was a Polish born artist who came to Britain during the 1930s. He developed an immediate style of illustrational reportage,
and became famous for recording world events.
His approach and style of drawing were well suited to the events of WW2…and he was commissioned to report upon Polish officers,
the Russian Convoys and the liberation of the camps…After WW2, Topolski self-published a newspaper-style zine of his travels, Topolski’s Chronicles.
During WW2, the textile fashion house of Zika Ascher used a number of Topolski’s drawings for headscarf designs.
Throughout his career, Topolski was fascinated by the ceremonial of the street. In Britain, He was especially interested in the contrasts between pagent and populism.
It was entirely appropriate, in these circumstances, for Topolski to be invited to decorate the Selfridges windows, along Oxford St,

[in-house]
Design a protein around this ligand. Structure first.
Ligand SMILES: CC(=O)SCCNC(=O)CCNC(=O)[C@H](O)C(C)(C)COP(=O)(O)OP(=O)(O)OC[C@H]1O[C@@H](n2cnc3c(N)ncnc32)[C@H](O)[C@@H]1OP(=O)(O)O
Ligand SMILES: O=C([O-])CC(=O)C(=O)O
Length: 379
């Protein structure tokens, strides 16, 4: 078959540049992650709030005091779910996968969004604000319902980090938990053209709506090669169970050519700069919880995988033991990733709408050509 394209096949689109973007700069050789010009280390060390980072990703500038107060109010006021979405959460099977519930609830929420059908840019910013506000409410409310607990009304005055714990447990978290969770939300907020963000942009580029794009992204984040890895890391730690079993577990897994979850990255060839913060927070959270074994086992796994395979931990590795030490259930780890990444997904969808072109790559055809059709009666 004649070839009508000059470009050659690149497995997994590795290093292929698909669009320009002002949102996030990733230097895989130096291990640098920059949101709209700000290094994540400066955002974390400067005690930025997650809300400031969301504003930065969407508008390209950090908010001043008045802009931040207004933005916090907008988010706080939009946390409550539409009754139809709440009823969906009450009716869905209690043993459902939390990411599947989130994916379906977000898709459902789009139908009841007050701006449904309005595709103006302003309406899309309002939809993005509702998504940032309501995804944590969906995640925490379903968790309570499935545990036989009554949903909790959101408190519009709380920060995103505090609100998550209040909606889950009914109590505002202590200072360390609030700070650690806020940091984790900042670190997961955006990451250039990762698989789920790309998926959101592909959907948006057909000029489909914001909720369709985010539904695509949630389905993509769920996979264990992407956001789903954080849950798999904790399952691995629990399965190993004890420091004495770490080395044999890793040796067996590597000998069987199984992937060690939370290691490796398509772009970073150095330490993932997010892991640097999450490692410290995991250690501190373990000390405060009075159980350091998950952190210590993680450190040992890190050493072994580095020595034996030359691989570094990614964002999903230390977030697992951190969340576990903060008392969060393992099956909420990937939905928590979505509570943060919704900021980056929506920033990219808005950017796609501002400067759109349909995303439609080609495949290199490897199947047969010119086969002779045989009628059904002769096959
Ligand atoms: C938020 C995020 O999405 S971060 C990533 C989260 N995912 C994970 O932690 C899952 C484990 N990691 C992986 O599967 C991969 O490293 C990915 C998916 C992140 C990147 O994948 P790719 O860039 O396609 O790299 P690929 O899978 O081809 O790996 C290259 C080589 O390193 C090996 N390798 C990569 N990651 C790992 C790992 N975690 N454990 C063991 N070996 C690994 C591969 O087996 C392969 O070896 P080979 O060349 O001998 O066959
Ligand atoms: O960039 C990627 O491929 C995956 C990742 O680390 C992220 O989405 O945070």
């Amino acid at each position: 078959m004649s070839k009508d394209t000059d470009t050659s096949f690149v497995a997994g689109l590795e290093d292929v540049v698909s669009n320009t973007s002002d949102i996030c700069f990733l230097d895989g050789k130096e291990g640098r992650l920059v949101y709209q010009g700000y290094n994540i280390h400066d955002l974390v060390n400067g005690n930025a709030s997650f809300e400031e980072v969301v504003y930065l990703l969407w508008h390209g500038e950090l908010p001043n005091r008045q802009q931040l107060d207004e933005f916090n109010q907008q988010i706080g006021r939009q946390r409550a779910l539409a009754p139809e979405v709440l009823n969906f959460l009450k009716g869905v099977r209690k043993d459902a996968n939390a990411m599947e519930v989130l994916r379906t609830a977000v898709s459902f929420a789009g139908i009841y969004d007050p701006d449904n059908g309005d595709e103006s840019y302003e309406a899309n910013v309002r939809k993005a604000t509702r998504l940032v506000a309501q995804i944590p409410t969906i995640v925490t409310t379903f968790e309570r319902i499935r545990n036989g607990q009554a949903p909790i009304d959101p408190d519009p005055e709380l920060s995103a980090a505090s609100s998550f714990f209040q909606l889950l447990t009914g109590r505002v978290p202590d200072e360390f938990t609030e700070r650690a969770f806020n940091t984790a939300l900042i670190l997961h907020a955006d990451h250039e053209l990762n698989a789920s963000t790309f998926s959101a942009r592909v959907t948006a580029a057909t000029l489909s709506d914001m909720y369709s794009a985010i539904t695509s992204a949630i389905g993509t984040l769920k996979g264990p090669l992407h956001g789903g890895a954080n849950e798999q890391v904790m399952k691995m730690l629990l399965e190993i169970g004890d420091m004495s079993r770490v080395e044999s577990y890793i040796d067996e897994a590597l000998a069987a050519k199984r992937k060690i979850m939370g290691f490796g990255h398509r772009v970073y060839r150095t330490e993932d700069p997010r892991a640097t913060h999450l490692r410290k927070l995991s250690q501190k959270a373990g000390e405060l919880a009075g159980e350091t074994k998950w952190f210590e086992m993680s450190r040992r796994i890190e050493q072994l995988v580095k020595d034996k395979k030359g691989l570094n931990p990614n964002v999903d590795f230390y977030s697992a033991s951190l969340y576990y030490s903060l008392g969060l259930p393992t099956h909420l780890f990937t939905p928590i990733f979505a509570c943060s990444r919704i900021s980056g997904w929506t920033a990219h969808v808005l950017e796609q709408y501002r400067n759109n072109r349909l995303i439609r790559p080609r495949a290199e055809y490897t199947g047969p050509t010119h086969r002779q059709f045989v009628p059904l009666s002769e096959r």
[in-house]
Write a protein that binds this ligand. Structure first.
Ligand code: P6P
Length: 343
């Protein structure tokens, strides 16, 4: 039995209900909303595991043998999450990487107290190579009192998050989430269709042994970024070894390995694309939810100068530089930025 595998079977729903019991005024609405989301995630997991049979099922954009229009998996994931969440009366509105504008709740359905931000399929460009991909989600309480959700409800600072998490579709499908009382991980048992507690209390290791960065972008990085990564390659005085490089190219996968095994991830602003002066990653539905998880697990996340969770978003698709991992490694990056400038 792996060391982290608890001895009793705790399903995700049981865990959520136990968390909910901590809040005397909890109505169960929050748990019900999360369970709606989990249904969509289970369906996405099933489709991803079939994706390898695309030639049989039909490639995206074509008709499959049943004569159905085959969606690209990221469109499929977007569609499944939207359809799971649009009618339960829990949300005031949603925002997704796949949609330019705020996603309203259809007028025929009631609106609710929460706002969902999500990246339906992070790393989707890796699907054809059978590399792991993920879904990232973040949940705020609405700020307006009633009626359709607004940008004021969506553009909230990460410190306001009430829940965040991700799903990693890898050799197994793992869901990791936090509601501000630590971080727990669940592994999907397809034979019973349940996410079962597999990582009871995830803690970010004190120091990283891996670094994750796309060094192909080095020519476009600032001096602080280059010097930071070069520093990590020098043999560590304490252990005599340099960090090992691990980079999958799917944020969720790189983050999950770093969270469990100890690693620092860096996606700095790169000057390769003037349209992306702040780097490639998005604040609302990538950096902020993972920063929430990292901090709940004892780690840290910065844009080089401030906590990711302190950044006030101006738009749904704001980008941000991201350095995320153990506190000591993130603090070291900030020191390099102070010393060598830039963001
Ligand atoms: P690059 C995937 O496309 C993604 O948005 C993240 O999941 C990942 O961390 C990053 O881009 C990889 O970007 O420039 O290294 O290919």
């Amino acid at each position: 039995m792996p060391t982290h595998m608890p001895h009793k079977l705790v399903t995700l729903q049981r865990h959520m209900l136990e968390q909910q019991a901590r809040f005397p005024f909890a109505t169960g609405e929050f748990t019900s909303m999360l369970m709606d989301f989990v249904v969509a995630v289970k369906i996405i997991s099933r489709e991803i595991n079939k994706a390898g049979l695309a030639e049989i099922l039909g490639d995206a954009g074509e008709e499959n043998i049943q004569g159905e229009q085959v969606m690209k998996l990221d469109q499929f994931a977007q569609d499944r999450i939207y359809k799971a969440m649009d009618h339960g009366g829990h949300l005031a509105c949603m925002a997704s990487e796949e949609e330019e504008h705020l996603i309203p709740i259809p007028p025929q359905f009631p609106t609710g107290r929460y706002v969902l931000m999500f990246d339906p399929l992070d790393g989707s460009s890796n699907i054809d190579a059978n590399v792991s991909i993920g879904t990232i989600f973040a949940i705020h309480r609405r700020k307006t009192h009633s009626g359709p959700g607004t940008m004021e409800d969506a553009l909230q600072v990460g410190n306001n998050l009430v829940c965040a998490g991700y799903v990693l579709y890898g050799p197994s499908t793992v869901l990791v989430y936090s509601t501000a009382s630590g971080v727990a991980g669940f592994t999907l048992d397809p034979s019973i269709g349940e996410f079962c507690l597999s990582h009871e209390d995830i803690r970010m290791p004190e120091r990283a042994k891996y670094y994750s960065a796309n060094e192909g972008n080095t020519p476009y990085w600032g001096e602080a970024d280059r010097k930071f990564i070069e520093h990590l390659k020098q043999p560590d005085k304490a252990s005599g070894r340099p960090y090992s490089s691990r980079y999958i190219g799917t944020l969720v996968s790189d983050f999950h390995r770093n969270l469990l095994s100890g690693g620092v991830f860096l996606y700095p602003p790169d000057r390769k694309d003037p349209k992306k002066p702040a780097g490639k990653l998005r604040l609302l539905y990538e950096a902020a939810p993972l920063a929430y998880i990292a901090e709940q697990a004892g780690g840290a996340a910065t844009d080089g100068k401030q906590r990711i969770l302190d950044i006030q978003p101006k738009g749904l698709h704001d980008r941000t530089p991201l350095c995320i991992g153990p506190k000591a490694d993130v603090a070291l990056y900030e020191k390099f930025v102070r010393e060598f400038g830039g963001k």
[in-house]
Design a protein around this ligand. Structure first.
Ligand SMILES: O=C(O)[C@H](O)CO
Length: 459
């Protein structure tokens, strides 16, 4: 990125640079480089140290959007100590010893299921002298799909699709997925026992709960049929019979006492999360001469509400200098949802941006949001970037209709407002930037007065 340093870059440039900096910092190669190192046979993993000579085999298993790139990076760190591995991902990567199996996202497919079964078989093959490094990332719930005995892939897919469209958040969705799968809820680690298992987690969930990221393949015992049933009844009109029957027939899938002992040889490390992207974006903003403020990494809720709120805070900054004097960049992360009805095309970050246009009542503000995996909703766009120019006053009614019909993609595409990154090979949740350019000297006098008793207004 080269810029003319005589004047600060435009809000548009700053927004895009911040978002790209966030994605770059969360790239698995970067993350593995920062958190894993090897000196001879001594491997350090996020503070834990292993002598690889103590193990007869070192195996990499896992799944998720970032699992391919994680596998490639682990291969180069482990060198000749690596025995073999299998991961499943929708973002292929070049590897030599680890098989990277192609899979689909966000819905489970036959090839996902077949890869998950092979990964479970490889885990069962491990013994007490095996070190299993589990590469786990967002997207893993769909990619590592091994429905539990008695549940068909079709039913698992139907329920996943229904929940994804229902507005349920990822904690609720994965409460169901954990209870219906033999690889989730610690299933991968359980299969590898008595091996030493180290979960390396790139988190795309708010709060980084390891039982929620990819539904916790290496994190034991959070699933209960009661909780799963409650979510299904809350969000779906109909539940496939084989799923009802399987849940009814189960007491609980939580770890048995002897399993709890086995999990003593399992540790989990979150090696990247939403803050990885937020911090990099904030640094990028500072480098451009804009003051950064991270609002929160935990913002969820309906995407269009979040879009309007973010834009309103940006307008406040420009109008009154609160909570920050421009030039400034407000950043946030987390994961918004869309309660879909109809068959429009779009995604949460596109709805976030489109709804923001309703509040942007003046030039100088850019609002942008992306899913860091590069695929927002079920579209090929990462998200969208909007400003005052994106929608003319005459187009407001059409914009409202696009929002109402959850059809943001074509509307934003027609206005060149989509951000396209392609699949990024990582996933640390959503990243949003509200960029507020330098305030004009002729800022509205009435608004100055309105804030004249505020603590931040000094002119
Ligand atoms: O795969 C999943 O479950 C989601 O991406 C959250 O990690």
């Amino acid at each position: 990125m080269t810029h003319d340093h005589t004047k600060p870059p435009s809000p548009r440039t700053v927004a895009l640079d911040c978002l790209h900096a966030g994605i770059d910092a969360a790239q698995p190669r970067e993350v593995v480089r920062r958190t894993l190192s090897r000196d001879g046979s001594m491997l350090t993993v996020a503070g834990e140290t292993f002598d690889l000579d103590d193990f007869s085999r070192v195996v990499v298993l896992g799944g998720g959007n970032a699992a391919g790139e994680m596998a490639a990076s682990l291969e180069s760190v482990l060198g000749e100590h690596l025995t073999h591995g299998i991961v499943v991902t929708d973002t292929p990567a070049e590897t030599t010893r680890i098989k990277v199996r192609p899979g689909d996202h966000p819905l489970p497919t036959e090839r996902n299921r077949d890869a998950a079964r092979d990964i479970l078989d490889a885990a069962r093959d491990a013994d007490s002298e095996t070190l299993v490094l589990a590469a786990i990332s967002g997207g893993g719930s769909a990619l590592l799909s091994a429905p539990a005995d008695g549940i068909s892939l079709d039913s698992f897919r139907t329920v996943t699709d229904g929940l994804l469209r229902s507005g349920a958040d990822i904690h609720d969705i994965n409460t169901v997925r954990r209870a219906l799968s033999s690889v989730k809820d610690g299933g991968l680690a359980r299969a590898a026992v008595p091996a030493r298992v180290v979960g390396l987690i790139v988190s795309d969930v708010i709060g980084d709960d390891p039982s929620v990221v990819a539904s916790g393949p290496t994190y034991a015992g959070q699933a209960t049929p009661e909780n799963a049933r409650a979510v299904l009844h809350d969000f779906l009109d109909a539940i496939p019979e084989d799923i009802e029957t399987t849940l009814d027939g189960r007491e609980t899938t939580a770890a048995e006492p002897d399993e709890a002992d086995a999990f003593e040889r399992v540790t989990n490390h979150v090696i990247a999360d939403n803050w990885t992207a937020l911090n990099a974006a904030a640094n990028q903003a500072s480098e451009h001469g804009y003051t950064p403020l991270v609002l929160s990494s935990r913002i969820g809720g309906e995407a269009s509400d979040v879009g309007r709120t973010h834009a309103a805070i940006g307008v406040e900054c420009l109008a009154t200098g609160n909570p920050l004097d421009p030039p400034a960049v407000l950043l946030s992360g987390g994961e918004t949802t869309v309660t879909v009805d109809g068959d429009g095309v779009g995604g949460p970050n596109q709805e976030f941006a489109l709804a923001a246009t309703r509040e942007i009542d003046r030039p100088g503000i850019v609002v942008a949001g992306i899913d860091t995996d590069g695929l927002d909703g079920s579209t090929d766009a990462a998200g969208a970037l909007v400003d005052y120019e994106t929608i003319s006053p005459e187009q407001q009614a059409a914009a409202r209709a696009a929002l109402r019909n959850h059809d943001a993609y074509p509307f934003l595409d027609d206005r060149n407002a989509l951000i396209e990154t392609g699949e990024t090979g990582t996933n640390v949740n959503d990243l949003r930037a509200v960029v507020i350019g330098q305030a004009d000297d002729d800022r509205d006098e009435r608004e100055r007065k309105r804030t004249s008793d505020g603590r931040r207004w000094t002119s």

during Queen Elizabeth's silver jubillee in 1977. Topolski's response to the the brief was inspired. He re-worked an image of British officers,
originally made in the 1950s, into a pop art style and scaled the image to work, in series, along the whole length of the Selfridges store.
The silk-screen print, on brown wrapping paper, has dramatic blocks of solid colour. The resulting image combines the tradition of ceremonial
with the style and energy of swinging London.
original screenprint produced for 1977 Queen's silver jubilee by Topolski
scarce WW2 propaganda scarf US Army by Ascher,
designed by Topolski.
©rennies seaside modern
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